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Debate continues on apartment project
(03/17/16)

by Dolores Hamilton
A standing room only crowd filled Monday night’s city council meeting in which citizens were given the opportunity to express their views on the proposed affordable housing apartment complex to be built on Johnson Road.
City Manager Jerry Flemming told the group that this is not the first time this issues has come up. Iowa Park has been in the running for the apartment complex the last four or five years with very little input. “Now it’s come in the spotlight even though all of the council meetings have been open and the media has covered what took place in those meetings,” he said. “Some people feel they weren’t given a chance to speak, so even though it’s after the fact we’re giving them a chance to speak.” Each person who wanted to speak was given three minutes.
Many spoke up, saying they were concerned with property values, burden on the school district, traffic, and vandalism.
Courtney Hoyt said she is concerned about property values, a safe neighborhood for her child, and more students being a burden to the school district. “I don’t like what it’s going to do to the school district,” she said. There’s not enough tax benefit to pay for a teacher’s salary, so how are we going to get more teachers?”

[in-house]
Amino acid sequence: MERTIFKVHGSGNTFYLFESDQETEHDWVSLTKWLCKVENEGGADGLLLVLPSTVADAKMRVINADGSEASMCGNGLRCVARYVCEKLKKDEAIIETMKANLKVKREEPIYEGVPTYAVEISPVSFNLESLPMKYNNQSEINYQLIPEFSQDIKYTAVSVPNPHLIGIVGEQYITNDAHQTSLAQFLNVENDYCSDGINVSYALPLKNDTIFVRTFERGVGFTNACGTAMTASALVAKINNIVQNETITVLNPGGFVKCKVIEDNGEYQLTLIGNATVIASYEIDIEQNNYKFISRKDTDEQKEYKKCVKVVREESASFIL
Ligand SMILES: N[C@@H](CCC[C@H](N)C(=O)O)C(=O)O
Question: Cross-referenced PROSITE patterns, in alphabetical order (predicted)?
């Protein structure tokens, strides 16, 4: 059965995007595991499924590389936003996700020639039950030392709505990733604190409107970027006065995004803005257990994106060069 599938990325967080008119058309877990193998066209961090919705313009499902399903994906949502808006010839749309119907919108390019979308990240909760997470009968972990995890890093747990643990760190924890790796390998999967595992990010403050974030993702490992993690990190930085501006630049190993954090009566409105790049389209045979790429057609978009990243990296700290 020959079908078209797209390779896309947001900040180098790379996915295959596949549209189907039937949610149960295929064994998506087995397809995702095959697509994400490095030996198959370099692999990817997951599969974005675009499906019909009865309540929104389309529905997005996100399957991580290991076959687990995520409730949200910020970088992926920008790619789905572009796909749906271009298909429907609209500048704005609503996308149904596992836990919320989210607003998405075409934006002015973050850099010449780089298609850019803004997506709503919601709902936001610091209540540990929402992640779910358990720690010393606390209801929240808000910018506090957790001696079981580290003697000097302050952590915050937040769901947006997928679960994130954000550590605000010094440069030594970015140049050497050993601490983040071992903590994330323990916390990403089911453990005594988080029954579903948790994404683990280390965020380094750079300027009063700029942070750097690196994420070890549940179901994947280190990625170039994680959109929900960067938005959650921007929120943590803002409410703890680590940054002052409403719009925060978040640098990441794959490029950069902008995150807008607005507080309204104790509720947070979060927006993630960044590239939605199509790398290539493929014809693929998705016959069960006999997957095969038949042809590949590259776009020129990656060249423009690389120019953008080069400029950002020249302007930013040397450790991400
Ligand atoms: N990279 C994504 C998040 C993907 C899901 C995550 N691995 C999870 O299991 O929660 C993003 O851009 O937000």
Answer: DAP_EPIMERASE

Councilman Tim Sheppard replied, “My five kids went to school in Iowa Park and my daughter was part of a commercial for Iowa Park CISD to bring more students to Iowa Park. The school board spent thousands of dollars to get students to move to Iowa Park to go to our schools.”
Randy Catlin responded, “I’m all for people coming to school here, but I want them to live in houses that pay the same amount of taxes the rest of us do. Plus, we have business people in town that own rental properties and we pay full taxes. Why should we support somebody else coming to our community, going in competition against us, and they get all the benefit?”
“I have no problem against what type of people live here, that’s part of our world today, but I think it needs to be an even playing field when you do that,” Catlin said.
Mrs. Hoyt said, “I’m not opposed to new students coming into the school system. I think Iowa Park growing would be wonderful, but like Mr. Catlin said, I want Iowa Park to grow with people who can afford to pay the taxes to live here and who are going to make Iowa Park a better, nicer place to live.”
A city employee, James Horn, told the group he bought a house on Louisa two years ago. “If it wasn’t for my wife’s job I wouldn’t have been able to buy a house, I would have needed low income housing,” he said. “I’m a city employee and have worked here for 13 years. I have put in 80-plus hour weeks to keep the infrastructure running in this town. Low income is low income is not fair because I put 13 years of my life here.”
Karla Neal, a 27-year employee of the city, told the audience, “In 1987 I hit hard times and was without a place to live. I qualified for an apartment at Colonial Heights and lived there five years, then bought affordable housing built by Bill Swan on the south side.